The Free Software Foundation (FSF) is a non-profit corporation founded by Richard Stallman on October 4, 1985, to support the free software movement, a copyleft-based movement which aims to promote the universal freedom to create, distribute and modify computer software. The FSF is incorporated in Massachusetts, USA. From its founding until the mid-1990s, FSF’s funds were mostly used to employ software developers to write free software for the GNU Project. Since the mid-1990s, the FSF’s employees and volunteers have mostly worked on legal and structural issues for the free software movement and the free software community. Consistent with its goals, only free software is used on FSF’s computers. The FSF maintains a list of “high priority projects” to which the Foundation claims that “there is a vital need to draw the free software community’s attention”. The FSF considers these projects “important because computer users are continually being seduced into using non-free software, because there is no adequate free replacement.” Previous projects highlighted as needing work included the Free Java implementations, GNU Classpath, and GNU Compiler for Java, which ensure compatibility for the Java part of OpenOffice.org, and the GNOME desktop environment. The effort has been criticized for either not instigating active development or for there only being slow work being done, even after certain projects were added to the list.
Robert “Rob” Liefeld is an American comic book creator. A prominent writer/artist in the 1990s, he has since become a controversial figure in the medium. In the early 1990s, the self-taught artist became prominent due to his work on Marvel Comics’ The New Mutants and later X-Force. In 1992, he and several other popular Marvel illustrators left the company to found Image Comics, which started a wave of comic books owned by their creators rather than by publishers. The first book published by Image Comics was Rob Liefeld’s Youngblood #1. Liefeld’s love of comics began as a child, which led early on to his decision to be a professional artist, a practice that began with his tracing artwork from comic books. As a high school student, he took basic fundamental art courses, and attended comic book conventions at the nearby Disneyland Hotel, where he met creators such as George Pérez, John Romita Jr., Jim Shooter, Bob Layton, Mike Zeck and Marv Wolfman. Liefeld cites Pérez, along with John Byrne and Frank Miller, as major influences.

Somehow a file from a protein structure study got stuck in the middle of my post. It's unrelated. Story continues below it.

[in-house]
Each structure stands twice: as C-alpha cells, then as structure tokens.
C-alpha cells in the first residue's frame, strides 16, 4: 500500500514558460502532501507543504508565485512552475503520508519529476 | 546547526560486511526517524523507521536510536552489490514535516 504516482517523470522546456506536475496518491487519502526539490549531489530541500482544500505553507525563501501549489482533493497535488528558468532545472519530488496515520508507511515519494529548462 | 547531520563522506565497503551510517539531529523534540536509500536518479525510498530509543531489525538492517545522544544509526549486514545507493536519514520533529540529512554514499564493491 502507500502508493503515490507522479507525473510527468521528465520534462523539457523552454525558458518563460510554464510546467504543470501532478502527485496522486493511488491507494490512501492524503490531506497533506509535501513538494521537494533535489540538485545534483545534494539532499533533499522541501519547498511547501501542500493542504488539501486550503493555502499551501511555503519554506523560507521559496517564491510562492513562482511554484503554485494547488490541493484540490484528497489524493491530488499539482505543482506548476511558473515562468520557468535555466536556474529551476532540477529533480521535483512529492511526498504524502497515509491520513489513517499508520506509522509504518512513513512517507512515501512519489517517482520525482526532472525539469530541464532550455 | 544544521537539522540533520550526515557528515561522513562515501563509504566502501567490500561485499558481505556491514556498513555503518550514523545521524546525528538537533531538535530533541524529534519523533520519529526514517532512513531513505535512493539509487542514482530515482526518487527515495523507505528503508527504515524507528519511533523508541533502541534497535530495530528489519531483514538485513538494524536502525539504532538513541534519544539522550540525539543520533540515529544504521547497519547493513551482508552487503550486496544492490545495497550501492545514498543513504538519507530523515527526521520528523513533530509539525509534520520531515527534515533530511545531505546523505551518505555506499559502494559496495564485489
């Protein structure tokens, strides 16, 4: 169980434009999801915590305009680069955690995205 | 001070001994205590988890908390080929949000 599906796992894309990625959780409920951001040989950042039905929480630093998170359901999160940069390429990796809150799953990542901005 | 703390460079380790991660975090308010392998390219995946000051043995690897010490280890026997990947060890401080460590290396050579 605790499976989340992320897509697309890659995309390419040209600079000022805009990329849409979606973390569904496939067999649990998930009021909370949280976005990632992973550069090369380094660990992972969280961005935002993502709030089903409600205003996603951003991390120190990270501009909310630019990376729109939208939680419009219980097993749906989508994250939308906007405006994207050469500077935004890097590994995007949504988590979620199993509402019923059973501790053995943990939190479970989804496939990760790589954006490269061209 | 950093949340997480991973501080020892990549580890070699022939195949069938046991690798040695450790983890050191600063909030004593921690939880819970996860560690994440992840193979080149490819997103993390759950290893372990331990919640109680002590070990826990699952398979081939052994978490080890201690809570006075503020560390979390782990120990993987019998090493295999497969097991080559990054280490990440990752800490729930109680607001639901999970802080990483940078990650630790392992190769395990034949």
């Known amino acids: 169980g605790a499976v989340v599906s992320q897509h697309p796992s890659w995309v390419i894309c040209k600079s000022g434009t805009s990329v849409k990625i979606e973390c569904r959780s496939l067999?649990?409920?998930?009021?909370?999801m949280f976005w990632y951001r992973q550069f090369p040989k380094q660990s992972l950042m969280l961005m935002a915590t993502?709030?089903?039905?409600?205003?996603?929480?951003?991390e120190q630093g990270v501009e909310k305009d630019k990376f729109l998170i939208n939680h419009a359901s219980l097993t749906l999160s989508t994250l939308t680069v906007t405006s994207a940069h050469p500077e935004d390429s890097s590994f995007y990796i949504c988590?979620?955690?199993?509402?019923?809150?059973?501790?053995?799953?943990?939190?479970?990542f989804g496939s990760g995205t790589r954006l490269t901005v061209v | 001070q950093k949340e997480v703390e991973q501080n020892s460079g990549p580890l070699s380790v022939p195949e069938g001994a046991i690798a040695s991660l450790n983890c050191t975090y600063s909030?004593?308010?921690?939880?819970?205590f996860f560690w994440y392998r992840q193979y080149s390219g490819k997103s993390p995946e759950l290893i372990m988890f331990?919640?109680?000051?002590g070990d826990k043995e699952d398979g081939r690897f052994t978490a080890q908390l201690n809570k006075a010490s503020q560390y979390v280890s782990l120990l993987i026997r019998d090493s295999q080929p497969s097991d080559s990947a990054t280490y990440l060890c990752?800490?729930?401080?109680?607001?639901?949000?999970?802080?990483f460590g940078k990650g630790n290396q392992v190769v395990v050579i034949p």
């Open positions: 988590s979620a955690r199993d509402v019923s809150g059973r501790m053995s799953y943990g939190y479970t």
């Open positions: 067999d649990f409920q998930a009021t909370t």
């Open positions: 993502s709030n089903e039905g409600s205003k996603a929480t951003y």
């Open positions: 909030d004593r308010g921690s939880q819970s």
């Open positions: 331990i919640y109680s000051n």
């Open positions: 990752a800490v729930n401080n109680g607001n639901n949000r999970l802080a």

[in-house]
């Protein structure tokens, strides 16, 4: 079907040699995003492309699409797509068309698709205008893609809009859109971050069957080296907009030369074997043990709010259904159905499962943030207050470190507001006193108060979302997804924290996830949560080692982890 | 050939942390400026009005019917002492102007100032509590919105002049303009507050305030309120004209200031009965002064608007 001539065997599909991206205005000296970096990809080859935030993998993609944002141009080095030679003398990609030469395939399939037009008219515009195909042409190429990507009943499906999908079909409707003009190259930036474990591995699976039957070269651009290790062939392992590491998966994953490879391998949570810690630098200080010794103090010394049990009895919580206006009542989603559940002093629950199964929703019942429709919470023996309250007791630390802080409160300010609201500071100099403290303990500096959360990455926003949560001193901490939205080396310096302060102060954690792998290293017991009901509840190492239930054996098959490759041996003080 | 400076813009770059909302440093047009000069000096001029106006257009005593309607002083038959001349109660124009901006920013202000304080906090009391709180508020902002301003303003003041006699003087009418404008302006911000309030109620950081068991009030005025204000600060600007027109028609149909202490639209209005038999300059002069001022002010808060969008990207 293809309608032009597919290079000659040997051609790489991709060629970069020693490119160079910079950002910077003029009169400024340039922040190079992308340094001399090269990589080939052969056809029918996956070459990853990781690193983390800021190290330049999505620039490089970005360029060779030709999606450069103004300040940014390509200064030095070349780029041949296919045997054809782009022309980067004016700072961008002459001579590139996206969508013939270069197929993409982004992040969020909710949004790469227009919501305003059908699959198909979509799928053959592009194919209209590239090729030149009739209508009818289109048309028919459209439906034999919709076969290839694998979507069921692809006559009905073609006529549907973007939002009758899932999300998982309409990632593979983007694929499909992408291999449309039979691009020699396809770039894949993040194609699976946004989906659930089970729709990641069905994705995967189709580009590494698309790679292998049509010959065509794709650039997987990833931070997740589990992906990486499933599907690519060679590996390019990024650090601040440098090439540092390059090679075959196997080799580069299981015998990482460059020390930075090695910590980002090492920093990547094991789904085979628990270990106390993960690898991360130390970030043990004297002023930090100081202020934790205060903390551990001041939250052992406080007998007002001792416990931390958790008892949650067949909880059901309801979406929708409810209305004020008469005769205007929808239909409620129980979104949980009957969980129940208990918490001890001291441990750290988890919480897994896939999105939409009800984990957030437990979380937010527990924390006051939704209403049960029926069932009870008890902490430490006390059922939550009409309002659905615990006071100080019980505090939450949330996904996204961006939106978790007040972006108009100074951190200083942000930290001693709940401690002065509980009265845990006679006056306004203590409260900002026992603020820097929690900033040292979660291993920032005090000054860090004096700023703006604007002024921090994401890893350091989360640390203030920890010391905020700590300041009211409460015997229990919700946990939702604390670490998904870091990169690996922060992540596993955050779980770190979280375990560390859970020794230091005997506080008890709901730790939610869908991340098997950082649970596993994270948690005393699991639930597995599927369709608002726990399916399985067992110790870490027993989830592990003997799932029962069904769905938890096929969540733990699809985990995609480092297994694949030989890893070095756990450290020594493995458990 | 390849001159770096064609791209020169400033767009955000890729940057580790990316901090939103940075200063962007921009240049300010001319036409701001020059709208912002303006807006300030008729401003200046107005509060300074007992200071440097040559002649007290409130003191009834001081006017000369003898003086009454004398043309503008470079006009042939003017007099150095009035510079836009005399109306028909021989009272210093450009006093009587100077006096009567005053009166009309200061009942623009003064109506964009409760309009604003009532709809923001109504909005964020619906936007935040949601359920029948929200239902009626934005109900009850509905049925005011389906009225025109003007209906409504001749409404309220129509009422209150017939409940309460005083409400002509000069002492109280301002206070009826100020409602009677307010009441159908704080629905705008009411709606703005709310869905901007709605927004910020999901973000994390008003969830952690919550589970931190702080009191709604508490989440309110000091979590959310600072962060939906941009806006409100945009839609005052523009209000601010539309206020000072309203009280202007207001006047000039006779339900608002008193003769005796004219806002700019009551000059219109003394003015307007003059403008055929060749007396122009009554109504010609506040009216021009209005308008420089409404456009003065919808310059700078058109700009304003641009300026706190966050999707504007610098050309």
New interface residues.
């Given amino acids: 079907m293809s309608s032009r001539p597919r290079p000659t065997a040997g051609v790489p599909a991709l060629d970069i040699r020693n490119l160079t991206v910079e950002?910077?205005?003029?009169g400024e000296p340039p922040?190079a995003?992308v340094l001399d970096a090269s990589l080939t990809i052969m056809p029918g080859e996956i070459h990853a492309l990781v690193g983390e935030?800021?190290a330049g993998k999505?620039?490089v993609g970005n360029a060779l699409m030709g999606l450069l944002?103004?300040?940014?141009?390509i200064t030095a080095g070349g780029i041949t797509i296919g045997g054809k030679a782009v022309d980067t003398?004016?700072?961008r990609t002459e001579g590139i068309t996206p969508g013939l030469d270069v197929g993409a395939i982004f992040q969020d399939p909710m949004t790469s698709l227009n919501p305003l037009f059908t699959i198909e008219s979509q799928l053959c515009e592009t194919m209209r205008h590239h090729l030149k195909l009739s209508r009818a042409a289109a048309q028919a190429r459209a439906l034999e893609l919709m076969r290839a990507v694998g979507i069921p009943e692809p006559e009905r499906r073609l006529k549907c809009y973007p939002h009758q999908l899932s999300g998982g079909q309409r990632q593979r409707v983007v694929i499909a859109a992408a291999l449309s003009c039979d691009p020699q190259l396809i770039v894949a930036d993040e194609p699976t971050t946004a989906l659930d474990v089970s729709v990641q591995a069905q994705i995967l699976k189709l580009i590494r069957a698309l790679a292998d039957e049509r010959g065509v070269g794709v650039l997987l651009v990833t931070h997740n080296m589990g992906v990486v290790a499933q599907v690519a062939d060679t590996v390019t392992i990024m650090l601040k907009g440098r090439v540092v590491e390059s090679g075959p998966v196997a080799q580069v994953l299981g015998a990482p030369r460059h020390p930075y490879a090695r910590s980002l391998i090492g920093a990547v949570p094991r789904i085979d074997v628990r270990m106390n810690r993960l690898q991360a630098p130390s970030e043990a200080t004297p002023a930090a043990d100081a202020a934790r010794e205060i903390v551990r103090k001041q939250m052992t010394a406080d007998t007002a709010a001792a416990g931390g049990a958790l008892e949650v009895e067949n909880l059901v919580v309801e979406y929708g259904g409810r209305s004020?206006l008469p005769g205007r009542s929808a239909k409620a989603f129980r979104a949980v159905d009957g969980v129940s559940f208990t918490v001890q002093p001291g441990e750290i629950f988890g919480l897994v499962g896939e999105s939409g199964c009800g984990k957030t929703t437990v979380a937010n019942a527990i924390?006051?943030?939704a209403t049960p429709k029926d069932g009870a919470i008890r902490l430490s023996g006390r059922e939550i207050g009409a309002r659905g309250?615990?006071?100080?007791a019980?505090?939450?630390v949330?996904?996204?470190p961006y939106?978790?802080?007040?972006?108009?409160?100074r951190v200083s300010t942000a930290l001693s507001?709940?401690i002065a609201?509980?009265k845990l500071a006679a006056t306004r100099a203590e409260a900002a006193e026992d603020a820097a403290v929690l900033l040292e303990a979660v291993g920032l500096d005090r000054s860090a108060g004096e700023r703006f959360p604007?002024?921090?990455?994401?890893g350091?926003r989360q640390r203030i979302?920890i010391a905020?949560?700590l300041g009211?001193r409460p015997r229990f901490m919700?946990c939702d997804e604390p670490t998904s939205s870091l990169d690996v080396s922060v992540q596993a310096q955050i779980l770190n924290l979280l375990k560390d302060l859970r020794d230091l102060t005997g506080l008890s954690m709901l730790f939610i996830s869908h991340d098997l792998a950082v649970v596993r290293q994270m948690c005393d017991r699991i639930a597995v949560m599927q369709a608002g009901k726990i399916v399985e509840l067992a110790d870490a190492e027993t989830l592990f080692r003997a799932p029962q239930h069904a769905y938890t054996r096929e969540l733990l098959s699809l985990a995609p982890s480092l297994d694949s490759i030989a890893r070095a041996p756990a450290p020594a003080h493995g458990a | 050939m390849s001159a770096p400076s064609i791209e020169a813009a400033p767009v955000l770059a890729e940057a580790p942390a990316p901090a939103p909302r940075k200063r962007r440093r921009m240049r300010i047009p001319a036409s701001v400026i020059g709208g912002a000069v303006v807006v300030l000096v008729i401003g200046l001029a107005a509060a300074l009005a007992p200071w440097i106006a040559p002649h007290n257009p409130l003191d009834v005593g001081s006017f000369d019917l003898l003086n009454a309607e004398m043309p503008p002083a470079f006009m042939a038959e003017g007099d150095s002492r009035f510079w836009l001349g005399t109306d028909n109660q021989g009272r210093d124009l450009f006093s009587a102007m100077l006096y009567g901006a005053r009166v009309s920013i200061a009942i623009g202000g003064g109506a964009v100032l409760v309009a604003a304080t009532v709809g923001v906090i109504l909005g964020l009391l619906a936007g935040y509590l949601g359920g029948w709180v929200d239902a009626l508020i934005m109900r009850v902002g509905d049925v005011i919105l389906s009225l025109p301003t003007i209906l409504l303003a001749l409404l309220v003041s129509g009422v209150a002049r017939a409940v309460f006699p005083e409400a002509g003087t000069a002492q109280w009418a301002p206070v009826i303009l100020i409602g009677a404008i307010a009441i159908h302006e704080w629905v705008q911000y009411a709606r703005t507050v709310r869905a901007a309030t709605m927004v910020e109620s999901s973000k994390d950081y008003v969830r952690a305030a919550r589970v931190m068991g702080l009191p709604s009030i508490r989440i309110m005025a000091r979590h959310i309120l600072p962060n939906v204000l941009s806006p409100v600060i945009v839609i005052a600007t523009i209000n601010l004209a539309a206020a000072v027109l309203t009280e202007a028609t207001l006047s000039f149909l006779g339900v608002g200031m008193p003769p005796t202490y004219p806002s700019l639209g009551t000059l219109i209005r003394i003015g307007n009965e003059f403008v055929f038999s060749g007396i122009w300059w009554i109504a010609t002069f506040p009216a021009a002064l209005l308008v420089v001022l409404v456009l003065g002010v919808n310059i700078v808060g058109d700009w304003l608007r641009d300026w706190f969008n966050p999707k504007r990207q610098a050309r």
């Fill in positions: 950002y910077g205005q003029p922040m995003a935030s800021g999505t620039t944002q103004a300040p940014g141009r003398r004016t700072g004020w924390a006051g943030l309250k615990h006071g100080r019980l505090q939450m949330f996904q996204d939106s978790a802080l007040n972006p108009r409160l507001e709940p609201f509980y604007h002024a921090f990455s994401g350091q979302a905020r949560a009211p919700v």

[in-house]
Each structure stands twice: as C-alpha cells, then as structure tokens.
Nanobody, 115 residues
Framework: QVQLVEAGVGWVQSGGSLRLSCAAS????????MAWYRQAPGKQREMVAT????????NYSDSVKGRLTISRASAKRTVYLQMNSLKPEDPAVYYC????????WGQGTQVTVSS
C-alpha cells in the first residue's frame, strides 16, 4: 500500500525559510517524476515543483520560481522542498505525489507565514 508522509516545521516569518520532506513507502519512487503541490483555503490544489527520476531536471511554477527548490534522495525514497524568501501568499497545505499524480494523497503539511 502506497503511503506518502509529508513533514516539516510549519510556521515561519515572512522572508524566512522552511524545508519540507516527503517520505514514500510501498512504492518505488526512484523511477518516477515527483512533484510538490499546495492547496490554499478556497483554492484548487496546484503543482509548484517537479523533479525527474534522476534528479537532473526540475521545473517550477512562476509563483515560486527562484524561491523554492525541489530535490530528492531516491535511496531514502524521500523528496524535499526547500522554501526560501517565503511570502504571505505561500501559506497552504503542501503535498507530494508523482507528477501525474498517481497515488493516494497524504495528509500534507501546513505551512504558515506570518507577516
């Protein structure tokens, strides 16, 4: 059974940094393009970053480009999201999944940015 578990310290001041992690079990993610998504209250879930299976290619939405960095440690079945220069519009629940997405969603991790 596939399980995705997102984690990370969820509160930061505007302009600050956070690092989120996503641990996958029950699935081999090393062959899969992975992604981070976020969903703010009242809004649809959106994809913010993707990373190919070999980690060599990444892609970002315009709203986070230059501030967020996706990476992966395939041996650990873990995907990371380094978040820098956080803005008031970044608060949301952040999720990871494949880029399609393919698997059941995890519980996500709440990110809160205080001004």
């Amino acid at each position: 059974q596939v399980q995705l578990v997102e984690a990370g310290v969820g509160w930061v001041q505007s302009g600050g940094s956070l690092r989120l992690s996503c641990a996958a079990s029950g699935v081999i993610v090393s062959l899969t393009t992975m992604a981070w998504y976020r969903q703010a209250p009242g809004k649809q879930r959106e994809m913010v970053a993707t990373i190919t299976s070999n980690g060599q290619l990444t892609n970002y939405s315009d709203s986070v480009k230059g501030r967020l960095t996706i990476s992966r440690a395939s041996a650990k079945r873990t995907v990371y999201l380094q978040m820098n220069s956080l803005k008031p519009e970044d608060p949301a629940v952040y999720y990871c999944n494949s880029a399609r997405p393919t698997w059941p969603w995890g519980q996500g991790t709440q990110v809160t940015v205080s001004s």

Warren Spector is a role-playing game designer and a video game designer. He is known for having worked to merge elements of role-playing games and first-person shooters. He currently resides in Austin, Texas with his wife, fantasy writer Caroline L. Spector. He is best known for the cyberpunk video games System Shock and Deus Ex, and also for the Disney adventure game Epic Mickey. Spector grew up in Manhattan, which he described as a sometimes hostile environment where “short, pudgy, Jewish kids didn’t fare well.” He showed an intense devotion to whatever topic became his obsession at any given time, from dinosaurs and airplanes as a small boy, to an interest in law by the sixth grade. At age 13, Spector had decided he wanted to be a film critic, and by high school, his obsessions expanded to include cars and basketball.